HA for MySQL and RabbitMQ

Several HA options are available for MySQL. The classical method is for MySQL to store its data on shared storage, such as DRBD, with mysqld migrating between two computers. Depending on the size of the database journal, a failover in this kind of scenario can take some time; moreover, the solution does not scale horizontally. Natively integrated solutions such as MySQL Galera are more meaningful; they ensure that the database itself takes care of replication. A detailed article about Galera was published in a previous ADMIN issue [5].

The situation is similar with the RabbitMQ messaging queue: Again, you could easily implement a failover solution relying on shared storage, which in this case would be preferable to the HA solution that RabbitMQ offers out of the box. In the past, "mirrored queues" have repeatedly been found to be prone to error. If you are considering making RabbitMQ highly available in a Pacemaker setup, you would do better to choose a solution in which the rabbitmq-server migrates between the hosts and /var/lib/rabbitmq is located on shared storage. If you work with more than two nodes and Ceph, you can use CephFS to mount the RabbitMQ data on /var/lib/rabbitmq and resolve the problem of non-scaling storage at a glance.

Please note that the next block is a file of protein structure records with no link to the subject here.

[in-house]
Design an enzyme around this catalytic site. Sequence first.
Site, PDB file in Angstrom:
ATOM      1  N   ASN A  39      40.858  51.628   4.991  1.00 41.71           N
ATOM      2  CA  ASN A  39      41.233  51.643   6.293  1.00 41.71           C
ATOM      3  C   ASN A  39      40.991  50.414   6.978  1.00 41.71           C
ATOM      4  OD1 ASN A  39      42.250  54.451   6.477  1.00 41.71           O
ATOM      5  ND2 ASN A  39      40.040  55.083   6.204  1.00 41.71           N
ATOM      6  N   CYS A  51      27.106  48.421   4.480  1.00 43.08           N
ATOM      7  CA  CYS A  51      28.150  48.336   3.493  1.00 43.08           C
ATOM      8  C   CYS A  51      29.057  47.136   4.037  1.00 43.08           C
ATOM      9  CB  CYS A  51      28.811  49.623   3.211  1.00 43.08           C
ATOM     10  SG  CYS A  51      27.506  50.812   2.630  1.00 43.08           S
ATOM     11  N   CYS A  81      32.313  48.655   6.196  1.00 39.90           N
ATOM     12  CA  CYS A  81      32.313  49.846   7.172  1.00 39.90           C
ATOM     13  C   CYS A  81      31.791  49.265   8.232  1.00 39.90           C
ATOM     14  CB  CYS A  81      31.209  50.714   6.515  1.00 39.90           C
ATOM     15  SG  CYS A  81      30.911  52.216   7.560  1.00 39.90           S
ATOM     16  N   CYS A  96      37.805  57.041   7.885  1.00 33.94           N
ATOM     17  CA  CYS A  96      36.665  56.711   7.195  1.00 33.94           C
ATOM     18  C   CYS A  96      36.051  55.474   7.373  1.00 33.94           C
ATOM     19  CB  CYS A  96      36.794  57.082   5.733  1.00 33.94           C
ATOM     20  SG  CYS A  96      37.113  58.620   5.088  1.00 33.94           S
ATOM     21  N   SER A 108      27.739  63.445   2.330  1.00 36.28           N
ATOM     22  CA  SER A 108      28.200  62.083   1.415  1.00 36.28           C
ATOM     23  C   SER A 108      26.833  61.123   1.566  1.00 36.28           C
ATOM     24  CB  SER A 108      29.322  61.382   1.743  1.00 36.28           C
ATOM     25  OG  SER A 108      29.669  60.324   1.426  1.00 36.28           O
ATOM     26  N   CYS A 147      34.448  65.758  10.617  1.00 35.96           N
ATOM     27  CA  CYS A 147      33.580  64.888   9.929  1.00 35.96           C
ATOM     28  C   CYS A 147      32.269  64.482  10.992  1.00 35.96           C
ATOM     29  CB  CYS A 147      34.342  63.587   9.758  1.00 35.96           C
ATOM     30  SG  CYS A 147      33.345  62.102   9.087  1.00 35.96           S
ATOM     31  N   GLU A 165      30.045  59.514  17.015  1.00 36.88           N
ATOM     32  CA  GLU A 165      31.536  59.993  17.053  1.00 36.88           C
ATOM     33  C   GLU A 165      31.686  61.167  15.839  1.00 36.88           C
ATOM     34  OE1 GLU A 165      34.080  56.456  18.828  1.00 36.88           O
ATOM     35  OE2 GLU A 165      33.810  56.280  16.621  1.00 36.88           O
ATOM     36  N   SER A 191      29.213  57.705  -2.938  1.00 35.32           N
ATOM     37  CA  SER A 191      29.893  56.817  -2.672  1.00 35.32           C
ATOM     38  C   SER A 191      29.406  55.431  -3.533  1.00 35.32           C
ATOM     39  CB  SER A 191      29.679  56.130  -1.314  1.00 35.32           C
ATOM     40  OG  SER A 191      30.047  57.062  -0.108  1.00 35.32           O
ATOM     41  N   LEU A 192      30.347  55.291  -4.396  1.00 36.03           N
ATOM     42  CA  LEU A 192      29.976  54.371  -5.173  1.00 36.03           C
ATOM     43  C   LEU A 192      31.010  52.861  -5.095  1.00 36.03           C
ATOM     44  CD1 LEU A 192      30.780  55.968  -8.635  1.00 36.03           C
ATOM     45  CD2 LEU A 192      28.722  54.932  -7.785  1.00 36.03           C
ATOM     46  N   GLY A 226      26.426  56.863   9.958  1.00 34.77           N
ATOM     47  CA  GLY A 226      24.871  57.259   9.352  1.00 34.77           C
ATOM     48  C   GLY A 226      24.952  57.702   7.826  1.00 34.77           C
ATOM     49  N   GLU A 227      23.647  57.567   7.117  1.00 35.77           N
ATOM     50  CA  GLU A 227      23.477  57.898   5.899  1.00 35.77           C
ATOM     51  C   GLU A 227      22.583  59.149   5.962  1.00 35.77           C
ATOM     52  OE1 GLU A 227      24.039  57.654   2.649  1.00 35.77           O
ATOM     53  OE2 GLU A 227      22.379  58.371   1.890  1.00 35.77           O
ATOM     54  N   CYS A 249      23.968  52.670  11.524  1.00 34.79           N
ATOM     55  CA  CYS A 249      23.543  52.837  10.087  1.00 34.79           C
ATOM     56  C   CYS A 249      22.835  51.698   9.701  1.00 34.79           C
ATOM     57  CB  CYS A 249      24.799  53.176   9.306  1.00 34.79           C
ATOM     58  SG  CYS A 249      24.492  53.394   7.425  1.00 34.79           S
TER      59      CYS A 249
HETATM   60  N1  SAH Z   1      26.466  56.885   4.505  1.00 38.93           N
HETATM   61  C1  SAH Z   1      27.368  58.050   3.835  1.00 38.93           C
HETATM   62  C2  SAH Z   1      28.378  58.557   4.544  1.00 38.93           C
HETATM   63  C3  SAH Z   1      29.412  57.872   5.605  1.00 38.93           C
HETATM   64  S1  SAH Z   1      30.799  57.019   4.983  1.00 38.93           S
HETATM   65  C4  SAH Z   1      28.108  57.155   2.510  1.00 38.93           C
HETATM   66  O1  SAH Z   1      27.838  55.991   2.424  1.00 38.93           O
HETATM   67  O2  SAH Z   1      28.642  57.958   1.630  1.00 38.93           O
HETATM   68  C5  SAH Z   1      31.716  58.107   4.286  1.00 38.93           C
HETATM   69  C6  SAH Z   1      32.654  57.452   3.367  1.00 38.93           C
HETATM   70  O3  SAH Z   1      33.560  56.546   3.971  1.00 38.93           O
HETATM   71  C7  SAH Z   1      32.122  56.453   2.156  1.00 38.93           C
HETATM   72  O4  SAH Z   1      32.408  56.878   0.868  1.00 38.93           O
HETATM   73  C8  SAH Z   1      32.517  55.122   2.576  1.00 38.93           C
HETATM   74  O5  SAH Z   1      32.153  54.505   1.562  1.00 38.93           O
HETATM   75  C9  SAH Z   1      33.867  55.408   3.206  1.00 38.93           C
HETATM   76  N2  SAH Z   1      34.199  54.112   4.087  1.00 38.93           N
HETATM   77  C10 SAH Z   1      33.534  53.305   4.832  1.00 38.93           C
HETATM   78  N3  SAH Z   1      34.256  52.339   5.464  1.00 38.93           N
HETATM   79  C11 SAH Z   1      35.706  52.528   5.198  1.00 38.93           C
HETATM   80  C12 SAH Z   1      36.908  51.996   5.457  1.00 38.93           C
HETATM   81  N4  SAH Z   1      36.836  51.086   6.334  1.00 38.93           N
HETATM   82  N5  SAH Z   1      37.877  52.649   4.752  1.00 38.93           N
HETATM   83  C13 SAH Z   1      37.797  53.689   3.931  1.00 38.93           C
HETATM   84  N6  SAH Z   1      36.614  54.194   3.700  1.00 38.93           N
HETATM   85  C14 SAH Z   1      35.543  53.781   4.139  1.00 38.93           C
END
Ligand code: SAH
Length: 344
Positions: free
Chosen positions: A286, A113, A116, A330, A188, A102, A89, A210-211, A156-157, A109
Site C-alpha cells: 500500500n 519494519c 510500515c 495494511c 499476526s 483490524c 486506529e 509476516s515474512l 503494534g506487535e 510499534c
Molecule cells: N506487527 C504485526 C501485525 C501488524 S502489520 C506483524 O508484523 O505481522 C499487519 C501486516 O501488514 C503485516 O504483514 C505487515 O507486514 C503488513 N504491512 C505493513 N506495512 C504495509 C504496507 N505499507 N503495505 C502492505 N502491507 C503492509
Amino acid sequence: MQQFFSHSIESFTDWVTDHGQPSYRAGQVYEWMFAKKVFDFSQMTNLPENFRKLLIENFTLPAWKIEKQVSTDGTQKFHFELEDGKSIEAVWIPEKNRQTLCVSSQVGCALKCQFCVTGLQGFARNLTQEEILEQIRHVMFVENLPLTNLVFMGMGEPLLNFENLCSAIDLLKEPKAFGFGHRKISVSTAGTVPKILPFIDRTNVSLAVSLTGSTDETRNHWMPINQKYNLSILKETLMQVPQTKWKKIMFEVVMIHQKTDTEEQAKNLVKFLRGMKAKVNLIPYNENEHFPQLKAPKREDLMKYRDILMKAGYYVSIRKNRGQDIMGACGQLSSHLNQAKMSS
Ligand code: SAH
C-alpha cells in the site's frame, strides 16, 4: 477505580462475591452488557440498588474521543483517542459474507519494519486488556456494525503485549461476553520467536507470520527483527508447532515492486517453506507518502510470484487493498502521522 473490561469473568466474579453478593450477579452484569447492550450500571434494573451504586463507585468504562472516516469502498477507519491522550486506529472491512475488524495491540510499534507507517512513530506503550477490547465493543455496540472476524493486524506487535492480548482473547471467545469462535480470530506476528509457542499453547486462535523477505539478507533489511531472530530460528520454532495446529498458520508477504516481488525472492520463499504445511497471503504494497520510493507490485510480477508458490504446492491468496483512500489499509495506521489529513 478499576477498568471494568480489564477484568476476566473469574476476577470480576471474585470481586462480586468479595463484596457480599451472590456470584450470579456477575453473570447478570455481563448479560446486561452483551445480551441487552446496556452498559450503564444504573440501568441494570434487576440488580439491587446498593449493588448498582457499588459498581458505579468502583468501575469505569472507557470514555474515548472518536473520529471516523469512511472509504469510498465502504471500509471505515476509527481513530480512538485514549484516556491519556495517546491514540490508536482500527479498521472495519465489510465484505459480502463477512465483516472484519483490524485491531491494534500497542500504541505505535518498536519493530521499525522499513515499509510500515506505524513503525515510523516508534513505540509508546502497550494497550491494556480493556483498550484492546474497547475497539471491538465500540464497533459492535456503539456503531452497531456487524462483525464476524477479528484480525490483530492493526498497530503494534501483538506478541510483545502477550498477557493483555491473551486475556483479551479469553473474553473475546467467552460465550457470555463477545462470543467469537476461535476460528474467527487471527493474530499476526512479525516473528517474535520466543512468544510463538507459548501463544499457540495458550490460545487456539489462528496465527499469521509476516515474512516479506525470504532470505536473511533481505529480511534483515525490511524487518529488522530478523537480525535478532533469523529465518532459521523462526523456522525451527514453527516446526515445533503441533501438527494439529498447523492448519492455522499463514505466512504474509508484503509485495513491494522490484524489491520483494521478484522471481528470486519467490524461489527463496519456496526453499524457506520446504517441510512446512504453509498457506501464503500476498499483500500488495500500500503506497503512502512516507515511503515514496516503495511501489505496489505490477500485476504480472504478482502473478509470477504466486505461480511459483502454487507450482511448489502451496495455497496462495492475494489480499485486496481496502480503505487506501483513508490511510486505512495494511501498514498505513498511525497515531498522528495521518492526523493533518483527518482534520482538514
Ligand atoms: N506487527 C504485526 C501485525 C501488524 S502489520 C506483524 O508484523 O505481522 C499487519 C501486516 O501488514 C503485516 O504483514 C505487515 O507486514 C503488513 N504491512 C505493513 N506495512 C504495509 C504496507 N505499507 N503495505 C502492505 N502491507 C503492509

The remaining overhead in an HA setup consists almost exclusively of integrating the existing OpenStack components with a classic Pacemaker setup. It is beyond the scope at this point to explain a bare metal Pacemaker configuration.

Worth particular notice is that resource agents in line with the OCF standard are now available for almost all OpenStack components. You can unzip them on a system into the /usr/lib/ocf/resource./openstack folder like this:

cd /usr/lib/ocf/resource.d
mkdir openstack
cd openstack
wget -O- | tar -xzv --strip-components=2 openstack-resource-agents-master/ocf
chmod -R a+rx *

To reveal the help text for the nova-compute resource agent, then, you would type:

crm ra info ocf:openstack:nova-compute

The rest is plain sailing.

For each OpenStack service, you need to integrate a resource with the Pacemaker configuration so that services that belong together are grouped (Listing 2, lines 28-33). To make sure all the important services run on the same host, colocation and order constraints set the ratio of resources to one other (lines 38-51). It is worth mentioning that the resource for the Quantum openvswitch plugin agent is a clone resource (line 34): Every service should run on all OpenStack nodes, on which virtual machines should basically also be bootable.

Listing 2: Pacemaker Configuration for OpenStack

01 node alice
02 node bob
03 node charlie